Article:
Mineralogy and Crystallography
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Stepper Motor Control Software:

Fortran-based software to control stepper motors. Download .


Single-crystal Diffractometers: back to top

We have two operating single-crystal diffractometers: one is an automated Picker mostly for high-pressure work, and the other is a Bruker X8 Apex diffractometer equipped with a 4K Apex II CCD detector for general crystallographic studies. Both provide Mo radiation. The Picker was obtained from Charlie Burnham's lab at Harvard in 1997 and has been extensively rebuilt. Automation is accomplished with in-house software, providing the flexibility to attack a problem from any configuration. It operates under Eulerian geometry and uses a point detector preceeded by both a cylindrical and a double-slit collimator.
Installation of software/hardware instructions.
The Bruker X8 was provided to the lab by a private donor with matching funds from the College of Science. It represents Bruker's state-of-the-art small lab diffractometer. It runs under Kappa geometry with a full suite of Bruker software for data analysis.


The Orienter: back to top

This is the simple-minded name that we gave to a machine that we built to orient crystals. It is a rebuilt P4 with Kappa geometry that was completely stripped of all electronics and hardware related to diffraction. New motors and controllers were assembled and the machine operates through an in-house Windows dialog box application. The orientation matrix of a sample is obtained on the X8, then the sample is transferred to the Orienter. The user chooses two crystallographic axes that are oriented 90 deg from each other and the crystal is rotated into that orientation. The crystal can then be fixed to any sort of holder. We use titanium pins and orient along the axis of the pin and the perpendicular direction indicated by a fudicial mark on the side of the pin. Image


Electron Microprobe: back to top

We use the Cameca SX-50 at the Department of Lunar and Planetary Sciences, managed by Ken Domanik. Link


Motor Drivers: back to top

Motors on diffractometers need to be moved. We are working on Windows algorithms for this. Here is some info on using our Single code to run motors for translation devices.


Single-crystal Diffractometer Shutter: back to top

We have designed and built a new shutter for a Picker diffractometer. Images and details of the shutter can be examined.


Powder Diffractometer: back to top

We have a Bruker D8 Advance using Cu radiation with both a scintillation detector as well as an energy dispersive one to handle fluorescent material. It operates and interfaces with Bruker software and the ICDD database. Image


Raman Spectrometers: back to top

We have two Raman spectrometers. They are used to examine the vibrational spectroscopy of minerals, as well as a means to mesure the pressure in diamond anvil cells.
One is an open access instrument built on an optical table by Alex Goncharov and Victor Struzhkin. Image. It uses a tunable 100 mW Ar-ion laser (usually at 514.532 nm) and a Jobin Yvon Spex HR 460 spectometer equipped with a liquid nitrogen cooled Princeton Instruments 1152 x 256 pixel CCD detector. We prefer a 1200 groves mm-1 grating centered at 530.4 nm and collect data with Roper Instruments Winspec/32 software. This instrument is capable of producing good polarized and oriented spectra of minerals. Samples can be oriented onto a goniometer stage and rotated precisely into position and spun at speeds up to 720 degrees per sec. The open access of the geometry of the instrument provides the ability to integrate any research environment with Raman spectroscopy.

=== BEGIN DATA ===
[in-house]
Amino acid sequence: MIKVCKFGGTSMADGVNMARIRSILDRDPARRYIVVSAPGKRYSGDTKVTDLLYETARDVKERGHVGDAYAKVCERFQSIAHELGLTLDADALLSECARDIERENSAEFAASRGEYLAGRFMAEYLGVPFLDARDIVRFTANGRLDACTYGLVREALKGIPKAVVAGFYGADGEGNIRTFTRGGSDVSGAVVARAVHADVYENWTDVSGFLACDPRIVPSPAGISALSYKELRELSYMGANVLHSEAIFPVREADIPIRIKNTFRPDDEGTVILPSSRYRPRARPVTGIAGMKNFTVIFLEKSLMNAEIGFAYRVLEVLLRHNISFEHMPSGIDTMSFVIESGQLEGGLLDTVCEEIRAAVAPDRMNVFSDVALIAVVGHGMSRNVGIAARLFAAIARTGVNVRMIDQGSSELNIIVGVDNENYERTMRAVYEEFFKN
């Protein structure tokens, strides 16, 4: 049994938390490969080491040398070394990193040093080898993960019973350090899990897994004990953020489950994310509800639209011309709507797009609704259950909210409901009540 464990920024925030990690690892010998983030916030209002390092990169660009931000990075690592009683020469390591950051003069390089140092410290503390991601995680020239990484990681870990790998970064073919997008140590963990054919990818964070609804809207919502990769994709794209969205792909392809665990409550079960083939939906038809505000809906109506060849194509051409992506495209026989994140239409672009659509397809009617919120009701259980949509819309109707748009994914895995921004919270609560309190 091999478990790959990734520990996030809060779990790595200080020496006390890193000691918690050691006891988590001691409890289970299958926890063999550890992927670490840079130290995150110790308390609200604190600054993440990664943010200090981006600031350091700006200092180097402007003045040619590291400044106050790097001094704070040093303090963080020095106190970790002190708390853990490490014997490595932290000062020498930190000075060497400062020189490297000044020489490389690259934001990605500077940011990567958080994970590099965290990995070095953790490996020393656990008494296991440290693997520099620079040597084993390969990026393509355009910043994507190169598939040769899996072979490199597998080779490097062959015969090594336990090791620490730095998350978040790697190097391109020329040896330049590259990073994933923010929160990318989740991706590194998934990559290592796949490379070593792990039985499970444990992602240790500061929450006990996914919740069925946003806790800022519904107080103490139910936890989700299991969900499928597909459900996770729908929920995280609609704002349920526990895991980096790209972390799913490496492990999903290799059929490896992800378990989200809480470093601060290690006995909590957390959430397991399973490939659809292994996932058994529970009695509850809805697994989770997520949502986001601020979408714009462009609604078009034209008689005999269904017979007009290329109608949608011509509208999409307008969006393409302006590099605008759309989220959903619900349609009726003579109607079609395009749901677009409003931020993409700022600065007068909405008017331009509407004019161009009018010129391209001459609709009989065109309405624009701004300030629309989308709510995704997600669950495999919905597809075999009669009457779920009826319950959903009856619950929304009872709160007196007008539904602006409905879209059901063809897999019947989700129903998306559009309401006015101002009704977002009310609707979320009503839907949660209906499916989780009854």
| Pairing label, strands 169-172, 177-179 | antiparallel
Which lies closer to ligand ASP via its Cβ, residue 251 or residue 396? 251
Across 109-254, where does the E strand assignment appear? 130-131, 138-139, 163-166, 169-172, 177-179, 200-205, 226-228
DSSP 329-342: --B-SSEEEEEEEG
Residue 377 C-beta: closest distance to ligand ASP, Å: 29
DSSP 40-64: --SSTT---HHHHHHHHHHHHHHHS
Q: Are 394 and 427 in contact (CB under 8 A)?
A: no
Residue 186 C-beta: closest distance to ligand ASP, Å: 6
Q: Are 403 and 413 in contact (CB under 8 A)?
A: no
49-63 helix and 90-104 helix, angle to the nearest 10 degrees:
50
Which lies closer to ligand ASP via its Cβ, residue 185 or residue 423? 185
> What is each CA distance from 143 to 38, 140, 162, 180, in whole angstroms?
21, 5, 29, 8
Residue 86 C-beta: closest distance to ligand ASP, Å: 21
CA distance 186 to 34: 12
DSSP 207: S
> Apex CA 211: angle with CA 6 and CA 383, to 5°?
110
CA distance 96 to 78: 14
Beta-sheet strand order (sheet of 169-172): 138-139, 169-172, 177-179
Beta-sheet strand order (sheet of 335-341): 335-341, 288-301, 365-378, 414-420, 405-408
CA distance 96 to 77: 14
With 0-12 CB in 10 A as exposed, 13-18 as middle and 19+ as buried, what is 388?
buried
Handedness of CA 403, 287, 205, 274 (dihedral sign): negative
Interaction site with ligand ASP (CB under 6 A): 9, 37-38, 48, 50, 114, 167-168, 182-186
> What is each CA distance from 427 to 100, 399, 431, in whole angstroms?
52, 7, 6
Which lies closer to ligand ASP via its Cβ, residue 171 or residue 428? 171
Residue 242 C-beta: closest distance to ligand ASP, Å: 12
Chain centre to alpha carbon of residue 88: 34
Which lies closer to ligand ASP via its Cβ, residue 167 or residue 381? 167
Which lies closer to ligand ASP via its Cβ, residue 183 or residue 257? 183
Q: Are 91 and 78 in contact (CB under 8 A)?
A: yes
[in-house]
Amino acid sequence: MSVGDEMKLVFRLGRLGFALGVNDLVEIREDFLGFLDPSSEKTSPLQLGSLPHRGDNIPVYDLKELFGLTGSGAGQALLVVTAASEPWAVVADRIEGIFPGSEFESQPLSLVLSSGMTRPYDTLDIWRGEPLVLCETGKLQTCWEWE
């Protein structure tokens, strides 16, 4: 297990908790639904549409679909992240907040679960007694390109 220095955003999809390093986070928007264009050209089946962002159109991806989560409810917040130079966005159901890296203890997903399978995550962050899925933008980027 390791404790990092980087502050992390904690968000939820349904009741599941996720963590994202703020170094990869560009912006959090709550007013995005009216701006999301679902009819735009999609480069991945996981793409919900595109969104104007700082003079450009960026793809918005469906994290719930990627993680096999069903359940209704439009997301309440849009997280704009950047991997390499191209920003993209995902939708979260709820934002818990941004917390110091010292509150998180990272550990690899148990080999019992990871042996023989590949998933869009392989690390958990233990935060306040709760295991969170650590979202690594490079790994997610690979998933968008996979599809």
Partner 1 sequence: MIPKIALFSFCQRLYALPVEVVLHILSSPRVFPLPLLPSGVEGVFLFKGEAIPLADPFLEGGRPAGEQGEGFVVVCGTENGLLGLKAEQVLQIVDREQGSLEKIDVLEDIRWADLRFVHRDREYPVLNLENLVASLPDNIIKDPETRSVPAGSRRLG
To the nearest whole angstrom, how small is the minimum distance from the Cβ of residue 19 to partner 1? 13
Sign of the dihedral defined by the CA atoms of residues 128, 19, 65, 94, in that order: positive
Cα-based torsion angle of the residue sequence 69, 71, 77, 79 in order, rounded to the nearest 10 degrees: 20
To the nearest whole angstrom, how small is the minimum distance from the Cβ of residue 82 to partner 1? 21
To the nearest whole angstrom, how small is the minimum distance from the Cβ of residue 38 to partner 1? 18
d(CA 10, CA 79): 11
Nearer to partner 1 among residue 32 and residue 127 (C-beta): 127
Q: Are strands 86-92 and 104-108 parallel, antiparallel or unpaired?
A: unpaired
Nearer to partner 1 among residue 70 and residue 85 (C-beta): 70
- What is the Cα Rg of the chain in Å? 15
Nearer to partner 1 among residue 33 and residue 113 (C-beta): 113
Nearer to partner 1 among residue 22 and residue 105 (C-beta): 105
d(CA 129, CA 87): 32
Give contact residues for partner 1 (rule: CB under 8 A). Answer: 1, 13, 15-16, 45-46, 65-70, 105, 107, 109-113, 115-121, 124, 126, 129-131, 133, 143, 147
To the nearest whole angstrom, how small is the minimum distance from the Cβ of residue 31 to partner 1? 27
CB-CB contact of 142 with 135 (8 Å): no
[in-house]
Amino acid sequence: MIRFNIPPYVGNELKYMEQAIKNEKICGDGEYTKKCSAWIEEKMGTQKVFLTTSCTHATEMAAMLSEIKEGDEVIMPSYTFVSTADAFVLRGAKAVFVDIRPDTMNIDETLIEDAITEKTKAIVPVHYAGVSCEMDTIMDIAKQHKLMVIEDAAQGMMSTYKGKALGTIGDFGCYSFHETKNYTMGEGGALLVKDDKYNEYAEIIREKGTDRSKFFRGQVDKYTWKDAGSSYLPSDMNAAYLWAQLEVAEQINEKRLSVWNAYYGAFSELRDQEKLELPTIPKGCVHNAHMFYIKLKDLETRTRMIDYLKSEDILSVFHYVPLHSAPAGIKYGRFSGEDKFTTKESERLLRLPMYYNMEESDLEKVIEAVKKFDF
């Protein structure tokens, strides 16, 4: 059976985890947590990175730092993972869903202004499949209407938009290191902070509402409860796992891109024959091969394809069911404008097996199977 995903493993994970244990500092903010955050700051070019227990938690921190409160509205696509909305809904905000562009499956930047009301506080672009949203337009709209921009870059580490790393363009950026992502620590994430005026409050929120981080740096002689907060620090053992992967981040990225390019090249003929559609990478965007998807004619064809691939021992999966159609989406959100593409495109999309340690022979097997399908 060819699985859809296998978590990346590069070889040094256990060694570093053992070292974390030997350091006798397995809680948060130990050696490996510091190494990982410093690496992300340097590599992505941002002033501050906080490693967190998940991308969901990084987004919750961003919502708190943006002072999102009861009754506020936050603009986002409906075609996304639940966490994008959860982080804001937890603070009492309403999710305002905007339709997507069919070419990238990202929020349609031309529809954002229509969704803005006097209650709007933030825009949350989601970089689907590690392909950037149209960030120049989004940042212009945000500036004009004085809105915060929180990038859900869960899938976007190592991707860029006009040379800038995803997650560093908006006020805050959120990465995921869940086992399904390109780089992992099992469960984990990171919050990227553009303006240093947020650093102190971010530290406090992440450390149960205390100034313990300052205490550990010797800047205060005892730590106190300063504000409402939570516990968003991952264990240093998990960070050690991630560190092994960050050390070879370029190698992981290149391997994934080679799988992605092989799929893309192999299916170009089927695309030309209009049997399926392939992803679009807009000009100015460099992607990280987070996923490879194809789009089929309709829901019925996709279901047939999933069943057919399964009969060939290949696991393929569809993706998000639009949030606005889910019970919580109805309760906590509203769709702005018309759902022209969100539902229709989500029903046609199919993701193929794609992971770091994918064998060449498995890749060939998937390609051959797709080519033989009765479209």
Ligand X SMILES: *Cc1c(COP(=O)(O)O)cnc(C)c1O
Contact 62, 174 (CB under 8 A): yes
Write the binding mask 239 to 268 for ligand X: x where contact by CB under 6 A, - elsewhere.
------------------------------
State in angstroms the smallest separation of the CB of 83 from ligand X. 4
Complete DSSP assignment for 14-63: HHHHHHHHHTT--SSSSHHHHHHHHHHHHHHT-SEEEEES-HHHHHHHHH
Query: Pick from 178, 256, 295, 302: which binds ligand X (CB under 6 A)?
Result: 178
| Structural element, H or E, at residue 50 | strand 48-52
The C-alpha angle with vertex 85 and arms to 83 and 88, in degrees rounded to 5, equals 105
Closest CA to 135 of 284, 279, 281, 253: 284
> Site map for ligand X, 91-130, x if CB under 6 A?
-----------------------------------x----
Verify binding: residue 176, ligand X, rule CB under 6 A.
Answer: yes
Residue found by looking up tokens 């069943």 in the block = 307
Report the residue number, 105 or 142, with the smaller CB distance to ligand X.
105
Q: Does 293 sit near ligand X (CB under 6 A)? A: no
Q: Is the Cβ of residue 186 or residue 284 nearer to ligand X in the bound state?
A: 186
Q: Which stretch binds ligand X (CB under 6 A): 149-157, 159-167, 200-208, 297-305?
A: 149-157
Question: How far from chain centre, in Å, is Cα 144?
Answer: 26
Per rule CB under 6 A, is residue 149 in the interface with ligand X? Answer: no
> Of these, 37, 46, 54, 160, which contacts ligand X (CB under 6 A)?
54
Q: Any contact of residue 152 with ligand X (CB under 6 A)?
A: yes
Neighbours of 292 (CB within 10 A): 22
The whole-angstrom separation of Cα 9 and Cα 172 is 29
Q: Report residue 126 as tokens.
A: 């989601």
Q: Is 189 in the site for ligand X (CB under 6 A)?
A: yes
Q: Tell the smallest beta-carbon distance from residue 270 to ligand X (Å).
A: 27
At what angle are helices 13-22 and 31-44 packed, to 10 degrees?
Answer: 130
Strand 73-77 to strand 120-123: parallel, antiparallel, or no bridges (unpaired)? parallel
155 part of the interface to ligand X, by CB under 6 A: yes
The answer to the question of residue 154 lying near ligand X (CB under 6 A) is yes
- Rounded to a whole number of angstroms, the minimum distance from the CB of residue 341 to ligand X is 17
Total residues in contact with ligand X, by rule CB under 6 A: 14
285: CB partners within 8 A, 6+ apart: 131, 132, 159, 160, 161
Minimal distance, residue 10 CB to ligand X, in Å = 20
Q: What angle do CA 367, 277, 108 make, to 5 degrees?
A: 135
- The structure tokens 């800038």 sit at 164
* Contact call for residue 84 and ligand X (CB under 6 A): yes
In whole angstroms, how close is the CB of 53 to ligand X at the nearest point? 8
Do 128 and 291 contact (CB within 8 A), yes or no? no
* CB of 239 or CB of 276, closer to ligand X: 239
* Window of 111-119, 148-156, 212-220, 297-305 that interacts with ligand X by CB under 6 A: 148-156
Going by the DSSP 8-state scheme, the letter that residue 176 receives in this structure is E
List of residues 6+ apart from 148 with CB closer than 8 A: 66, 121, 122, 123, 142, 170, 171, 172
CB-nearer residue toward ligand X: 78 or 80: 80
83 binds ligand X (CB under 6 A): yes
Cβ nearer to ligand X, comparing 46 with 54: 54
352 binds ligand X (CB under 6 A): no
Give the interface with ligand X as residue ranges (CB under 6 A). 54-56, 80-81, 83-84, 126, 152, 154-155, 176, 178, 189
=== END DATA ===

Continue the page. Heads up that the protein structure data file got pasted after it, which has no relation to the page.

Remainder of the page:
The other spectrometer is a Thermo Nikolet Almega microRaman system. Image. It is a fully integrated, black-box type machine with simple-to-use controls and searching software. We modified the sample stage to permit the investigation of thicker samples. It uses an Olympus microscope. The polarization of the laser is mixed. It operates with two choices of wavelength for the lasers, 532 and 785 nm. and the beam intensity can be easily varied.


Diamond Anvil Cells: back to top

Single-crystal X-ray diffraction and Raman spectroscopy experiments at high-pressures are conducted with a sample that is inclosed in a four-post diamond anvil cell as illustrated .


Gas Loading Apparatus: back to top

We have a machine to load the four-post diamond anvil cells with gas to about 2.5 kbar. The main purpose is to load helium as a pressure medium since it remains quasi-hydrostatic to the highest pressures.


Miscellaneous Items: back to top

We have run some Raman measurements on moissanite to compare with diamonds for use in a diamond anvil cell. The images demonstrate that moissanite is not a suitable anvil for Raman experiments at high pressures.



© 2004 all rights reserved
Contact downs@geo.arizona.edu with any suggestions or corrections


The University Of Arizona Department Of Geosciences Mineralogy and Crystallography Professor Robert T Downs